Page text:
Distance

Reasons? He has many. As he passes several churches during his drive to the park for his Sunday run, he enjoys his solitude. In fact, he reflects on how he can connect with God just as easily—if not more so—on his own. But deep layers of pain, a multitude of rehearsed excuses, and complicated explanations mask a simple reality: Church has not been a safe place for him.

New Address?

Move to a new home, or stay at the old address? This question filled my mind for several days as my husband and I discussed the possibilities. A handful of problems were obvious when we toured a prospective home. For instance, a pipe in the basement jutted up from the floor into the middle of a room. And there was an odd odor in the cellar. Still, there were new cupboards and beautiful windows that would let sunlight pour in.

Related Topics

emotions > anger

Tongues Afire

Over the past month or so, my wife and I have had some hard conversations. Places of deep hurt have become visible again. As we’ve talked, amid much sadness, I’ve had to reckon with a lasting wound I left on her heart. Years ago, before we were married, Miska and I endured a significant conflict. In that turmoil, I spoke words to her that were foolish and immature, words that lodged into the most tender and vulnerable places of her heart. I didn’t speak in anger or malice, but rather with ignorance and stupidity. I’ve asked her forgiveness multiple times, and she has freely forgiven me. Still . . . the wound is there. My words can’t be taken back.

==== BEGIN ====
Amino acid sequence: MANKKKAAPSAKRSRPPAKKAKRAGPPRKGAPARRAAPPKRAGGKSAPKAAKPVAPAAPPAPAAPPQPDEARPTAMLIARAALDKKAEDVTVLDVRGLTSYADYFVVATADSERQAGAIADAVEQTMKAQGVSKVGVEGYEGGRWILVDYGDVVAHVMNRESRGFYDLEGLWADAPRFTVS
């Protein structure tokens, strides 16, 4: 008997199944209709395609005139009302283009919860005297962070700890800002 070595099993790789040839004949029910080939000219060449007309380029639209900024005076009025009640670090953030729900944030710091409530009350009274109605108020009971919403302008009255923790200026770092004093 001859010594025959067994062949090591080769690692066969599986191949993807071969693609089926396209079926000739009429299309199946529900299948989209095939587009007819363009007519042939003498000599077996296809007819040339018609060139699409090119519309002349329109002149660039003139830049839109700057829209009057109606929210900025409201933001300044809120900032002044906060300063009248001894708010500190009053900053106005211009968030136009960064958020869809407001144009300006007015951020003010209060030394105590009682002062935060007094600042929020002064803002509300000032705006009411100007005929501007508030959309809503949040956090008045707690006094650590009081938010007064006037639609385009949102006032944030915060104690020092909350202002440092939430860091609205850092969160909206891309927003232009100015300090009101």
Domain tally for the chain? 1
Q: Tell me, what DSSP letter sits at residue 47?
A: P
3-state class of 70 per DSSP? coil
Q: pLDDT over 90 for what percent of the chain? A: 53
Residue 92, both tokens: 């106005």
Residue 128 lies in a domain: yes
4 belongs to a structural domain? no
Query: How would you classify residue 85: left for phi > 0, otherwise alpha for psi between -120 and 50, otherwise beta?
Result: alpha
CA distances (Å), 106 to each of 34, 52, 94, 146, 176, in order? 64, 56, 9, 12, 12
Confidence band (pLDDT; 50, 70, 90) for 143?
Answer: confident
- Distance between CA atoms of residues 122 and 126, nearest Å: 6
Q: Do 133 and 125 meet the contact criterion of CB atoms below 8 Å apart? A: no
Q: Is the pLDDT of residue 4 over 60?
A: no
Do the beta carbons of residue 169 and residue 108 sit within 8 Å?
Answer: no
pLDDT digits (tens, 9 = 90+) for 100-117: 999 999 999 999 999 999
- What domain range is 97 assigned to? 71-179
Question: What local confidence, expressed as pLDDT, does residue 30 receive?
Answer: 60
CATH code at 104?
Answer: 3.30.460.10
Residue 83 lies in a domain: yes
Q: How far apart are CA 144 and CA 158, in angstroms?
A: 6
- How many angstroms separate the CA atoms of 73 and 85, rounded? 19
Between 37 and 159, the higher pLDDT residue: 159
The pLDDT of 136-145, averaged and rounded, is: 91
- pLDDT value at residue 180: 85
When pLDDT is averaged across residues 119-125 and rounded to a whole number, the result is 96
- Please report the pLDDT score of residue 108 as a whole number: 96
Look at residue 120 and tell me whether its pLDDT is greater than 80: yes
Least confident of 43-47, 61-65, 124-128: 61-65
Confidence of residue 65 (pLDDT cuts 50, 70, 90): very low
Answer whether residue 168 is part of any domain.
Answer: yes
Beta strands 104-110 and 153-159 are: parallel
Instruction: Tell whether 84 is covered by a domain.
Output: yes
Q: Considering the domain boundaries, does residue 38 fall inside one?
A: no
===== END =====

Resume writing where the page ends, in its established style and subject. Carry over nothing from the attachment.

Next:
Taming Anger

I can feel your anger. I am defenseless. Take your weapon! Strike me down with all of your hatred, and your journey towards the dark side will be complete!”

Changing Our Tune

When my friend received a traffic ticket for speeding in a construction zone, he decided to contest it in court. As he put it, he was driving below the posted speed limit when another vehicle raced past him. The police officer’s radar gun had recorded the other car’s speed. But the judge would have none of it.

emotions > compassion

Red Houses

An organization in South Africa began a compassionate project many years ago. The group buys houses in impoverished areas and paints them red. They then hire house parents who live in the red houses, providing beacons of light to the troubled communities. Over the years, these houses have become havens for children at risk and other hurting people in need of a safe place, a hot meal, a listening ear, and a warm hug.

On the Fringe